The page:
china's marriage law

China's new marriage law set to stoke home sales

A new Chinese court ruling aims to dampen the obsession with property, but might only fuel the demand.
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Chinese brides are no longer entitled to their husbands' property (AFP)
<div style="text-align: left;"> Chinese brides are no longer entitled to their husbands' property (AFP) </div>

In a bid to enhance traditional marriage values and restrain a rampant obsession with property, China’s supreme court ruled recently that spouses will no longer inherit property rights through marriage.

In other words, if a couple divorce, the wife would have no rights to ownership of the family home if it had been bought by the husband or, in many cases in China, by the husband’s parents, according to the new interpretation on China’s marriage law by the Supreme People’s Court.

The judicial ruling, while applauded by some for encouraging young people to focus on their prospective partner’s virtues rather than their wealth, has ignited a storm of controversy nationwide, with many young Chinese of both sexes now considering buying property before tying the knot, rather than jointly shouldering a mortgage — which could further inflate the demand for housing.

A survey conducted by, the country’s biggest Chinese-language web portal, showed that 58.8% of the respondents said they would consider buying a flat by themselves to avoid disputes during divorce. Some 63% said the ruling wouldn’t help to constrain home prices.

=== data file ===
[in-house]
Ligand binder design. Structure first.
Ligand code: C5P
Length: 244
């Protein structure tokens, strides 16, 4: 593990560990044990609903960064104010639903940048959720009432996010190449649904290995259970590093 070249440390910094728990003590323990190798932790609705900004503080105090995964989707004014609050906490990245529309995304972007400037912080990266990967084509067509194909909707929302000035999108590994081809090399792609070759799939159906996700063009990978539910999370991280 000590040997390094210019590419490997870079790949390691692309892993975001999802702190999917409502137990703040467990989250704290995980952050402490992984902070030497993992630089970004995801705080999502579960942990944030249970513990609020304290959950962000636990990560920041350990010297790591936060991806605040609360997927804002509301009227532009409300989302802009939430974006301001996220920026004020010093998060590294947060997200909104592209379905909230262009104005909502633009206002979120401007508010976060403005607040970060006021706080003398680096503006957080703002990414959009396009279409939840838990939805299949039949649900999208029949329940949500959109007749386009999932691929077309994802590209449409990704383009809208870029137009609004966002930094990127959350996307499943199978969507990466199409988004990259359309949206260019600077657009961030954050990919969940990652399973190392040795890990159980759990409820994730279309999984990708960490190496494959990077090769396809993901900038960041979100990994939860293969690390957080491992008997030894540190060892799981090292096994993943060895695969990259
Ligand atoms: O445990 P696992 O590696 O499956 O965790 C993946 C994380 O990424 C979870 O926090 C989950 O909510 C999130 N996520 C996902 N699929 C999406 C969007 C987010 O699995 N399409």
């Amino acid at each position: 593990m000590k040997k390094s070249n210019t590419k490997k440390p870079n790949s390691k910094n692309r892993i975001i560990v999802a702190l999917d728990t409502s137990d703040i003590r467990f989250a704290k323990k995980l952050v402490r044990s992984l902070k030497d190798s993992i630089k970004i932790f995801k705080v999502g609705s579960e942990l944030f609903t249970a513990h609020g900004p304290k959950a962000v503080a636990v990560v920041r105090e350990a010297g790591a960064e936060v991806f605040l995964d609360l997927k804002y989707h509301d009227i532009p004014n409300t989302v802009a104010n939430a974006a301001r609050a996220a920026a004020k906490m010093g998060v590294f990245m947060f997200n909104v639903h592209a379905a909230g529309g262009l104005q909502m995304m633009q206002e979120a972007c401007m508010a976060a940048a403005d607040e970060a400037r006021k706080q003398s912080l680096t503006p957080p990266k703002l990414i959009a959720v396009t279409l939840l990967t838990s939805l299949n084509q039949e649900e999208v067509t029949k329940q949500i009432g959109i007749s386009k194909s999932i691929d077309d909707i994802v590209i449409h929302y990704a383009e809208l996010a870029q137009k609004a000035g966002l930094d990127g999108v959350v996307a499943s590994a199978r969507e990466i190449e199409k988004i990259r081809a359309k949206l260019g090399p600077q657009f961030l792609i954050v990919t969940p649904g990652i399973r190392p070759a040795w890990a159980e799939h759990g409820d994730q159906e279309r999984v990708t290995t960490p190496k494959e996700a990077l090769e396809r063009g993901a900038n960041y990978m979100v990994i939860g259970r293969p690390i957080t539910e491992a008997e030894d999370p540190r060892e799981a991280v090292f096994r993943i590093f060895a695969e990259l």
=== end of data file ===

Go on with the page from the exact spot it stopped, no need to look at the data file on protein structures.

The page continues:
Under the previous marriage law, a house bought before wedlock was evenly divided when a marriage ended, regardless of who paid for the property, unless either party was found guilty of bigamy, domestic violence, abandoning the family or living with a lover for more than three months.

In July, property prices in Beijing and Shanghai rose 1.9% and 2.5% year-on-year, respectively, slower than in the previous months of the year, according to the National Bureau of Statistics. However, real estate analysts say sales will gradually pick up now that the new rules have taken effect.

Marriage has been a strong driver of demand for housing, adding fuel to China’s sizzling property market because it is almost impossible for a Chinese man to marry if he doesn’t own an apartment. Indeed, to marry without owning a flat — known as a “naked wedding” — is often considered shameful, and many young Chinese women even look down on a mortgage, preferring a man who owns his own home outright.

A popular match-making TV programme broadcast earlier this year demonstrated the extent of this hyper-materialism — it featured a young Chinese girl in the show claiming: “I’d rather be miserable sitting in a BMW than happy on a bicycle.”

The supreme court’s ruling is aimed at removing the biggest source of contention in divorce cases in China. The country’s divorce rate has grown rapidly recently, with 946,000 couples applying for divorce in the first half of 2011, which equates to more than 5,000 Chinese married couples ending their relationship every day, according to the Ministry of Civil Affairs. Last year, there were 1.96 million divorce cases, up by 14.5% year-on-year.

As one outraged microblogger wrote: “The new marriage law tells us to forget about getting married, we women should earn our own money, buy our own house.”

¬ Haymarket Media Limited. All rights reserved.
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